The proposed amendments can be accessed at the Official Website of Department of Consumer Affairs under the Ministry of Consumer Affairs, Food & Public Distribution

Shreya Singhal judgment and Internet Intermediaries in India

Eira Mishra

An analysis of the effect of Shreya Singhal judgment on Internet intermediaries in India

The Shreya Singhal judgment ((Shreya Singhal v. Union of India, WRIT PETITION (CRIMINAL) NO.167 OF 2012)), pronounced in March 2015, has been met with ambivalent reception on the stance of intermediary liability law in India. The first Public Interest Litigation (PIL) on the matter (with which several cases were subsequently joined) contested the constitutionality of Section 66A, 69A, 79 and 80 of the Information Technology Act, 2000 (hereinafter “the Act”) on the ground that these violate Articles 14, 19(1)(a) and 21 of the Constitution. Section 66A was plagued with several ambiguous terms like “grossly offensive”, “menacing character”, “annoyance”, “inconvenience”, “danger”, “insult”, “injury” and “ill will”. This section was held to assault the very soul of the freedom of expression guaranteed under Article 19(1)(a) and to not be saved by any of the reasonable restrictions under Article 19(2). It was consequently held unconstitutional. This decision was hailed as victory of freedom of speech and expression over draconian laws unfit for operation in a democracy.

The advent of internet has ushered in the need for law to constantly evolve with the new methods of communication and information dissemination growing every day. A critical question in this regard is the determination of liability of internet intermediaries. The other provisions of the Act contested were Section 69A, dealing with procedure for blocking of public access to websites and Section 79 which bestows immunity on intermediaries from liability in certain cases. The IT Act defines “intermediaries” ((Section 2(1)(w) of the Information Technology Act, 2000))to include telecom service providers, internet service providers, search engines, cyber cafes, etc. Any person or organisation facilitating storage or transmission of electronic records is included within the definition.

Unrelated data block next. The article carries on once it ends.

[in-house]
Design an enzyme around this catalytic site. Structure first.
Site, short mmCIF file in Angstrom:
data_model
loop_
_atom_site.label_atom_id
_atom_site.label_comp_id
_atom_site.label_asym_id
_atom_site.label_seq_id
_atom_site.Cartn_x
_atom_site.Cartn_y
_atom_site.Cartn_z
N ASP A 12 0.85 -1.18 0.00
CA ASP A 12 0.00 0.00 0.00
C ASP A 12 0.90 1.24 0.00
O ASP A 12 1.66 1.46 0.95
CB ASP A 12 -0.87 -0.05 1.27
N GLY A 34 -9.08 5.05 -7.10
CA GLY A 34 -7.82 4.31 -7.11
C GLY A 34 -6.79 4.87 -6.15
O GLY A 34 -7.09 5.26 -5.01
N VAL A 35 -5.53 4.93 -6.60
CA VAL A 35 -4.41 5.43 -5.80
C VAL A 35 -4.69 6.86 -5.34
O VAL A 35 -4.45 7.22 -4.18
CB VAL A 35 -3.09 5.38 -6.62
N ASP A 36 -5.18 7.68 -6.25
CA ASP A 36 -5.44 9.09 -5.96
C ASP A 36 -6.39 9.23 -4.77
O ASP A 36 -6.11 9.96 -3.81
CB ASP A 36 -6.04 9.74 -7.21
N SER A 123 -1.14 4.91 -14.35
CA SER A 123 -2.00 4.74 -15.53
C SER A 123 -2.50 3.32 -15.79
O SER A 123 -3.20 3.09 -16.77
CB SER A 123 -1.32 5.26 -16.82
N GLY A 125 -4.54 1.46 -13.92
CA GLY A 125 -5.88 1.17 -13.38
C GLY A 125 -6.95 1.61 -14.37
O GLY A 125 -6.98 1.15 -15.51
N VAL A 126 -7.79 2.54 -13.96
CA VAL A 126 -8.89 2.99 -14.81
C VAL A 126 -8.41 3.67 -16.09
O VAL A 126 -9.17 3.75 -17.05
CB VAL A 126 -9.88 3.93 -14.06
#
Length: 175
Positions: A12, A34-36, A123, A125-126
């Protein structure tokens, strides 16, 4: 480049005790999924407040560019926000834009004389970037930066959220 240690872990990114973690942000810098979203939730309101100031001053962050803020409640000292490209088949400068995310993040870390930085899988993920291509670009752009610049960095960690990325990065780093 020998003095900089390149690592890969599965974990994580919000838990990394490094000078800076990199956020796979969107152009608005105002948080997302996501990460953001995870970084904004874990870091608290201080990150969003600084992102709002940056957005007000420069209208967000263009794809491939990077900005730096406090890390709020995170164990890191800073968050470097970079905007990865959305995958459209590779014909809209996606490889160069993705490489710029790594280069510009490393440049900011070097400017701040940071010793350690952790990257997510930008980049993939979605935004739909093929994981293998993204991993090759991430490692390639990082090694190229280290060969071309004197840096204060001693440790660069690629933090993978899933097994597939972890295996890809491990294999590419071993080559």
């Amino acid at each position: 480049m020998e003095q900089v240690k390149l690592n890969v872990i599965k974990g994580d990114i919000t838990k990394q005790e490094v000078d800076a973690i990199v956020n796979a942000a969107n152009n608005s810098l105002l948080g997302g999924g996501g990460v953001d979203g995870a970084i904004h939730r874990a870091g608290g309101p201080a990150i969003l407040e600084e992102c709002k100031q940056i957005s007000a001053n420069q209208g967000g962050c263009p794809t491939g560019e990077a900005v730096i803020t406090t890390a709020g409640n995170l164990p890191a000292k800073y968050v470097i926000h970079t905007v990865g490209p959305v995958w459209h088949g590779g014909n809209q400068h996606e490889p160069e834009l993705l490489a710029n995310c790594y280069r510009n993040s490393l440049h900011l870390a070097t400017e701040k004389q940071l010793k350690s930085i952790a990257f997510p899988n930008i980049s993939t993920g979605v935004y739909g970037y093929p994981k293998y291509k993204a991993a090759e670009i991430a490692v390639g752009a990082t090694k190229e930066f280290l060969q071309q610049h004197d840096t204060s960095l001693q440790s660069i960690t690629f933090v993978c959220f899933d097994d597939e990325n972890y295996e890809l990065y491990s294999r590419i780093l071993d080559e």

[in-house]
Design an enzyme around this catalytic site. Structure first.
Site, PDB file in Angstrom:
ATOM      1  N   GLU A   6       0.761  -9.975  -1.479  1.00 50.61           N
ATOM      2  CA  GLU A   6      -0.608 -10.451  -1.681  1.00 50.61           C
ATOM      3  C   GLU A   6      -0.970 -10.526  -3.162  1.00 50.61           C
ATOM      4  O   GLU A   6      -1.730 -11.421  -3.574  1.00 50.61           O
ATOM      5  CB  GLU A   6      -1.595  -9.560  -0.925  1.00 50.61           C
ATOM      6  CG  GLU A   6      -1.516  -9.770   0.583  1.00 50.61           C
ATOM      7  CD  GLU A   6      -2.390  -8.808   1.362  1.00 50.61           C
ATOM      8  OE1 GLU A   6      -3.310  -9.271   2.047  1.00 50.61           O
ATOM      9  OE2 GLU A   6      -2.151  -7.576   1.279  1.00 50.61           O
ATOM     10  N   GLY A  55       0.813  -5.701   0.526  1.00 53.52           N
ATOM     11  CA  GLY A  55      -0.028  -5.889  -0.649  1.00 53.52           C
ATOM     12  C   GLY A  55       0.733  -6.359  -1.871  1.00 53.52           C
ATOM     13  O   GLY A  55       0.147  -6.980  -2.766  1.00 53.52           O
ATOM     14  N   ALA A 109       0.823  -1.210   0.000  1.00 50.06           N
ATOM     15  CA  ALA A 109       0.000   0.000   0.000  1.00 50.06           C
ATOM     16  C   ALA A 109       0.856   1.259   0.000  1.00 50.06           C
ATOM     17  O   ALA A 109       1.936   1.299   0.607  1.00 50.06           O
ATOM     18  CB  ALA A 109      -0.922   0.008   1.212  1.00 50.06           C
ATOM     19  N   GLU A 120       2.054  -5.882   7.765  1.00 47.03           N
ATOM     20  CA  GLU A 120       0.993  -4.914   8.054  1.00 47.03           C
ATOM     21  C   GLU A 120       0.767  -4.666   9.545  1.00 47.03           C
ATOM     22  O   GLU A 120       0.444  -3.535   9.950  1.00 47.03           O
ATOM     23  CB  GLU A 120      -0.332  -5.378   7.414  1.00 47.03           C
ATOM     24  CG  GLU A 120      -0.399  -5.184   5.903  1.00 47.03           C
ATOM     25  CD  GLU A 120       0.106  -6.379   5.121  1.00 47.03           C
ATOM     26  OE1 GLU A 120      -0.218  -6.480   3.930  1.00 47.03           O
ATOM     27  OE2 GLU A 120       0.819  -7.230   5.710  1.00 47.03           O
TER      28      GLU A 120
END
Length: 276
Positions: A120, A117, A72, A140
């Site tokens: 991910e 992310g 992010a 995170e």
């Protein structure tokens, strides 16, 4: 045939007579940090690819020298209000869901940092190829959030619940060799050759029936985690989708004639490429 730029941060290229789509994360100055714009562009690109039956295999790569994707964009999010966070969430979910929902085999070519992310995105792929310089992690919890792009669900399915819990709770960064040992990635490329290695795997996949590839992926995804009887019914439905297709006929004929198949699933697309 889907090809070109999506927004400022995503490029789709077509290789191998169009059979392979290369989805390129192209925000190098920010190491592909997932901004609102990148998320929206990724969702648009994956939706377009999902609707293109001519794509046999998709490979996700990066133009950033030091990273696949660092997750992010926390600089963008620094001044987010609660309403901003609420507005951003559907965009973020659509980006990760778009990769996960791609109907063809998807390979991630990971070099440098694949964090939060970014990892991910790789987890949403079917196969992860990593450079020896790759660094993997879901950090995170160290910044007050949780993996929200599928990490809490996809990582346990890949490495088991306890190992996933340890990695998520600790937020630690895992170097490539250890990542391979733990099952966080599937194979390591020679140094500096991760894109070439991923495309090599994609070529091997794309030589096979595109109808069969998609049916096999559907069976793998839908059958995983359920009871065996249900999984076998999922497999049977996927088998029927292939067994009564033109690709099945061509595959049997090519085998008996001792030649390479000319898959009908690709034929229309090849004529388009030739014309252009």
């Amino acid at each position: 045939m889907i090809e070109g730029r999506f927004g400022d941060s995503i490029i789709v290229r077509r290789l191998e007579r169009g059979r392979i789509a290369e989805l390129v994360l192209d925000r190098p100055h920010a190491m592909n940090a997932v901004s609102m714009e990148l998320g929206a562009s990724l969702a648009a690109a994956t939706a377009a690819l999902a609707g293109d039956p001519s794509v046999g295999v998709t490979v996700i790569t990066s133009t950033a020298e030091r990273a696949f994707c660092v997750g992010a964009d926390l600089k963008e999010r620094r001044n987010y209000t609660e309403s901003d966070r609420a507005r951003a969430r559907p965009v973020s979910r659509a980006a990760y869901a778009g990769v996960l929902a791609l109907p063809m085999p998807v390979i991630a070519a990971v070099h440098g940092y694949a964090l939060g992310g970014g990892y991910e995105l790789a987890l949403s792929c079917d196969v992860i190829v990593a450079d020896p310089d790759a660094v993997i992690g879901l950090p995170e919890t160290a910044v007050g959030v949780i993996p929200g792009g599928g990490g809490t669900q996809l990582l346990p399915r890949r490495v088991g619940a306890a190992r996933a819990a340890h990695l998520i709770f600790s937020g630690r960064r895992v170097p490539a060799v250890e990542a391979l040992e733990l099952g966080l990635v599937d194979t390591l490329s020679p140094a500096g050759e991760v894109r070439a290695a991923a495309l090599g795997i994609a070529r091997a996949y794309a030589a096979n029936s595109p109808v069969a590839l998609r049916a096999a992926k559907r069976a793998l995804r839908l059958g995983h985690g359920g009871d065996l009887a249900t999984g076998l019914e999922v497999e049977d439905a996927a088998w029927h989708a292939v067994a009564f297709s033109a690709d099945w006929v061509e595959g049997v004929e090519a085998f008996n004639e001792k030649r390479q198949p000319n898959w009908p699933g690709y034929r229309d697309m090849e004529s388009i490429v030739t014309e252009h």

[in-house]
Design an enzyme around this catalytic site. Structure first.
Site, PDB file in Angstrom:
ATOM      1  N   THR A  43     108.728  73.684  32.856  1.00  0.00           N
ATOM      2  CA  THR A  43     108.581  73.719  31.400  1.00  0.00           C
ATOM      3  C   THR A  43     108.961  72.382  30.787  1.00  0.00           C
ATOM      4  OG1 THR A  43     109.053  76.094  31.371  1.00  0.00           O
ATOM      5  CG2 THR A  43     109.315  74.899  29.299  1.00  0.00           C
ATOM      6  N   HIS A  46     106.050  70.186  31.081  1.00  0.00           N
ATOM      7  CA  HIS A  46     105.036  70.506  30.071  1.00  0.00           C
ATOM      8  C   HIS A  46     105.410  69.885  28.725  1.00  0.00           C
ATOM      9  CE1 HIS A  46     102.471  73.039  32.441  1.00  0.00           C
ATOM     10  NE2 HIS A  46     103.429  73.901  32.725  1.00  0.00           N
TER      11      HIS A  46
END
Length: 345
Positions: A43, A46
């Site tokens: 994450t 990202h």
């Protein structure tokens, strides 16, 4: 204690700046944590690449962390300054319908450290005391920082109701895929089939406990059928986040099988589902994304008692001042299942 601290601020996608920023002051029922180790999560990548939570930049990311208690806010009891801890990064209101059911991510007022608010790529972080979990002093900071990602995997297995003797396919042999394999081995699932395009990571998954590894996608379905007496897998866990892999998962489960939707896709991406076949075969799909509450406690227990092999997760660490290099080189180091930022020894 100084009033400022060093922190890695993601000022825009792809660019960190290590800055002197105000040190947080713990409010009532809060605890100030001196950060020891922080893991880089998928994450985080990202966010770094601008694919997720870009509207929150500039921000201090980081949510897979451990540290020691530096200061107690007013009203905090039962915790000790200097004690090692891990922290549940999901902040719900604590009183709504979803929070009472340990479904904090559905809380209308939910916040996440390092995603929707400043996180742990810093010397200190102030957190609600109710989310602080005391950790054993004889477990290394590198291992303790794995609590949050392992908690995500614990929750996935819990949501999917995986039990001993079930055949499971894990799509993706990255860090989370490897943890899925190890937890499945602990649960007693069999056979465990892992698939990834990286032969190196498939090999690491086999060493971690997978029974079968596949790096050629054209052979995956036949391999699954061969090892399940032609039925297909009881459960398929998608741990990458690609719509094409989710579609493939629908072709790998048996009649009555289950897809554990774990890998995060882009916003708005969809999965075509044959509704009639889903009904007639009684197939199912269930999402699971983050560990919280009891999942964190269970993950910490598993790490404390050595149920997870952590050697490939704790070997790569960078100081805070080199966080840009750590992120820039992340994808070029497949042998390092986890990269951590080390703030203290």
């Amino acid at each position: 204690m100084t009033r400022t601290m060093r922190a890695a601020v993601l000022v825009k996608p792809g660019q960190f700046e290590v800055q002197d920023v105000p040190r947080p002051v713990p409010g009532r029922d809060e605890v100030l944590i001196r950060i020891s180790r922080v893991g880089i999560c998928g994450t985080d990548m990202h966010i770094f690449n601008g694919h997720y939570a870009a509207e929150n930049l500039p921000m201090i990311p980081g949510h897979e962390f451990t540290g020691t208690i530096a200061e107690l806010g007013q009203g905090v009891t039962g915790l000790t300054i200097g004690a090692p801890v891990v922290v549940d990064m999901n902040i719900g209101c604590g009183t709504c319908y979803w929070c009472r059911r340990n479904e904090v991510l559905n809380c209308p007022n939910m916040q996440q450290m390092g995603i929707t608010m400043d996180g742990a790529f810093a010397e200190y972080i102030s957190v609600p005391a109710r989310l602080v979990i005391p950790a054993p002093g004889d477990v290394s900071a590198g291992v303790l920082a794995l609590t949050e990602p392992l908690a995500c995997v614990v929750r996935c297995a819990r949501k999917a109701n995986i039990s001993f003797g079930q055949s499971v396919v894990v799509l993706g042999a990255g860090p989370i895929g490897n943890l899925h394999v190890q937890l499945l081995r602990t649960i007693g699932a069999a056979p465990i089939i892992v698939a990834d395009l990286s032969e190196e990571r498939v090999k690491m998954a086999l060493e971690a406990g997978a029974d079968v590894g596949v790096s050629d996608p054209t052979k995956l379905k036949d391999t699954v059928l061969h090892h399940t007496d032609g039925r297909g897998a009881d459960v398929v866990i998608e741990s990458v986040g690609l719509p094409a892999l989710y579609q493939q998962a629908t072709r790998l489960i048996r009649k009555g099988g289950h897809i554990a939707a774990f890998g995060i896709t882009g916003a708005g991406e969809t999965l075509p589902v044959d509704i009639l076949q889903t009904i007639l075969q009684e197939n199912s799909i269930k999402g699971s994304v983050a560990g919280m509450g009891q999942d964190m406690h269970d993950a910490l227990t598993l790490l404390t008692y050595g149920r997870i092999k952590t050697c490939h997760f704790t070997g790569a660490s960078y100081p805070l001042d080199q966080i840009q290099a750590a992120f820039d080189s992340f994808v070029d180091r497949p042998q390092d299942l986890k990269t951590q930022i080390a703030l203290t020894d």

Clarification on Procedural Safeguards

Constitutionality of Section 69A of the IT Act was assailed on the basis that it did not provide for any pre-decisional hearing. The Supreme Court, on the other hand, has upheld the constitutional validity of the provision stating that ample safeguards akin to those laid down under Article 19(2) have been given under the section. These provide satisfactory guidance to authorities as to what content is liable to be blocked and to weed out misuse of the provisions. It further read pre-decisional hearing into the Information Technology (Procedure and Safeguards for Blocking for Access of Information by Public) Rules, 2009 ((Hereinafter, the Blocking for Access Rules)), laid down under Section 69A (2) of the Act. This demolishes the prior regime of notice and take-down. Intermediaries usually complied with third-party notices even when the content was perfectly legitimate because they lacked the resources and the initiative to defend known/unknown originator’s content if litigation ensued. Provision of these clarifications is hailed as originators and intermediaries will now have a clear opportunity to make representation before the concerned committee and plead their case before their content is taken off the internet.

The apex court has read down these rules to mean that non-governmental agencies cannot easily force removal of content available on the internet. The government is conferred the responsibility to decide the lawfulness, or the lack of it, of the disputed content. Additionally, the Blocking for Access Rules have been read to mean that blocking order shall be provided to the intermediary in writing, stating reasons for issuing of the order. The intermediary has the right to appeal against the order in a writ petition under Article 226, contesting the reasons mentioned in it. This verdict will protect online content from being forcefully taken down due to indiscriminate notices against lawful content.

Rule 8 of the Blocking for Access Rules has been read to mean that pre-decisional hearing is granted not only to the intermediary but also to the originator of the content. The extension of opportunity to represent oneself advances accountability to the system set for blocking. However, this would require the Committee to locate and contact the originator, something which might not be strictly followed ((Chinmayi Arun, The Case of the Online Intermediary, THE HINDU, April 7, 2015, http://www.thehindu.com/opinion/op-ed/shreya-singhal-case-of-the-online-intermediary/article7074431.ece#comments)).  This sets a low threshold of accountability for the review committee. Mostly originators cannot be identified and intermediaries are not usually willing to appeal in a writ petition for anonymous person’s content.